Figure 2 shows a block diagram of a microwave oven that uses solid-state amplifiers instead of a magnetron. RF signals are generated by oscillators and can be mixed to provide modulation as well as make adjustments to the output's amplitude, frequency, or phase. An RF switch applies the signal to a high-power amplifier (HPA). To be practical, a microwave oven will need at least two energy sources to produce sufficient heating.
As with any closed-loop system, this design requires feedback, and that means measurement. Although today's microwave ovens may use moisture sensors to provide some feedback, that's an indirect measurement. Solid-state microwave ovens can get a measurement on the load itself.
"As food cooks," said Murphy, "it absorbs less and less energy. That means more and more energy is reflected back into the cavity." The key to the feedback system lies in measuring the properties of food as it cooks. That causes changes in the cavity's behavior at some frequencies. Thus, the system needs to measure the energy reflected from the food. Wesson's paper, RF Solid State Cooking, provides data showing how reflected energy, and hence return loss, changes as food cooks.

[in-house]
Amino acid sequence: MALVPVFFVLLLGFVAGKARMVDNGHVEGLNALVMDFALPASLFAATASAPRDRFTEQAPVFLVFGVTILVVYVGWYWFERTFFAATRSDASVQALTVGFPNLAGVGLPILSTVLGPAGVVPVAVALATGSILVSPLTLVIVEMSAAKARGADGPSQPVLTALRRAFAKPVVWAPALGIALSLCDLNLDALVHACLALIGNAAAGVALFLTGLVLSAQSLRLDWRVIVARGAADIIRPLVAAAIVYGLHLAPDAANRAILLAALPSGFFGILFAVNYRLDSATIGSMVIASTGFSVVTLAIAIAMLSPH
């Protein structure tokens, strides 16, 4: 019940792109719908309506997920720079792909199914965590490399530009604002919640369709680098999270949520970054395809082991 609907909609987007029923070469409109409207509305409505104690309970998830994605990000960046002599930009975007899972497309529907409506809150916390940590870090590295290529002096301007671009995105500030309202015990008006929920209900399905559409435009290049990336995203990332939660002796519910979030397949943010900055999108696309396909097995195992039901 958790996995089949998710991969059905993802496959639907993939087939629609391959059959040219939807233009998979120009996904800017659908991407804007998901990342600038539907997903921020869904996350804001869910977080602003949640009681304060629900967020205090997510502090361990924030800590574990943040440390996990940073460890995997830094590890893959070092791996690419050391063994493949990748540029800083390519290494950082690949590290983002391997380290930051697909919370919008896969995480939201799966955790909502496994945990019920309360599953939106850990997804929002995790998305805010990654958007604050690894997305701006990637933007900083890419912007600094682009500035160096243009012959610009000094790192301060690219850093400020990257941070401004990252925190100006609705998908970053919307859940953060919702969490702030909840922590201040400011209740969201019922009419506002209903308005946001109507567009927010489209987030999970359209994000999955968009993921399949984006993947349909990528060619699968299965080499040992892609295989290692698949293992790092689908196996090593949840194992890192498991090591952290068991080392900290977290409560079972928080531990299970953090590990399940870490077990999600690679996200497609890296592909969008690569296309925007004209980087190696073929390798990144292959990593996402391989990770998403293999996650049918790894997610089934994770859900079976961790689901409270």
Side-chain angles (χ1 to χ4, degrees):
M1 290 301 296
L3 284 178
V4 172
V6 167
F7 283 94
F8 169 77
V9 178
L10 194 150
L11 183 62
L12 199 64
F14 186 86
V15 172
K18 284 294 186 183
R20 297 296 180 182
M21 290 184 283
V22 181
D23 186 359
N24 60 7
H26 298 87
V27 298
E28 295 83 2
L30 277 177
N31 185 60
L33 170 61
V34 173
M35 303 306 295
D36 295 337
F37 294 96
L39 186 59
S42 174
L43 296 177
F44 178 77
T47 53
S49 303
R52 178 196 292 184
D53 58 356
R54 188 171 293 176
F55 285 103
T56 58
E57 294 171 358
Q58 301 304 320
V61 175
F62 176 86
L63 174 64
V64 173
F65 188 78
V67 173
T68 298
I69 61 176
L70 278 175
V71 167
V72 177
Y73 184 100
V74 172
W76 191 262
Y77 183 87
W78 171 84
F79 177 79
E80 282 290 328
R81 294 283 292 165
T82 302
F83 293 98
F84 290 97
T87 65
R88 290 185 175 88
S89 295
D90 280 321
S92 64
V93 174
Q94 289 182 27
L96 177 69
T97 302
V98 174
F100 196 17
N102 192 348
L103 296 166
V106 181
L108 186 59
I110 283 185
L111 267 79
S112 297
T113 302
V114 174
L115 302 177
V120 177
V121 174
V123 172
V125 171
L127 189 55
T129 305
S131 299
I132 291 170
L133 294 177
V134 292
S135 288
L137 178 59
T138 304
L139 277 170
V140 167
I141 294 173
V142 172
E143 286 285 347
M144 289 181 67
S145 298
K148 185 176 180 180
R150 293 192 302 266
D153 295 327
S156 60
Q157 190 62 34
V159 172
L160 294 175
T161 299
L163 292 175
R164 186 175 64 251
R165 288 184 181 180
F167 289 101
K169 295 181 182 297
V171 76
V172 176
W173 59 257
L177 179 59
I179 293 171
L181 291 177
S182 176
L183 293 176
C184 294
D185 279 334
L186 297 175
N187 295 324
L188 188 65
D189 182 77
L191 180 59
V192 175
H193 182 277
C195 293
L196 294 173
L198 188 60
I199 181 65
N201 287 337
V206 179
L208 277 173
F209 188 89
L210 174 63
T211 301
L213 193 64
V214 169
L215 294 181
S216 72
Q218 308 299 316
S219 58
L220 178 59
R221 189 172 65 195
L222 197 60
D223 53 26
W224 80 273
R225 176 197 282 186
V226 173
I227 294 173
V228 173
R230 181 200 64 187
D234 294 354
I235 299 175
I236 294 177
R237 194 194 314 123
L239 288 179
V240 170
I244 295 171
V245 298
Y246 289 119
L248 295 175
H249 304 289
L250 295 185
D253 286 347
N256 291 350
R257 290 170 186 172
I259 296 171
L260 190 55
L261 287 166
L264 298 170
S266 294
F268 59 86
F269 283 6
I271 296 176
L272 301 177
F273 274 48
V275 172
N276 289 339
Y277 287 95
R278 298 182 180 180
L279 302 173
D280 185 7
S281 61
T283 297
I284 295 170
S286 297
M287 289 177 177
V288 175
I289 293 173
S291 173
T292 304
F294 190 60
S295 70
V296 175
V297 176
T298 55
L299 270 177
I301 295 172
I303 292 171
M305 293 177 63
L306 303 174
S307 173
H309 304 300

With return-loss (S11) measurements from the couplers, the control system can adjust the RF heating signal's amplitude, frequency (between 2.4 GHz and 2.5 GHz), and phase (to any angle). The system can make adjustments for each antenna, thus altering the energy field in different parts of the cavity. While it's possible to adjust signal phase to any angle, the effects of phase and how to best use them are still under investigation.
RF power amplifiers should provide better consistency from oven-to-oven and from one cooking to the next. Today's magnetron-based ovens are notorious for creating different RF environments depending on the load, with no way to compensate.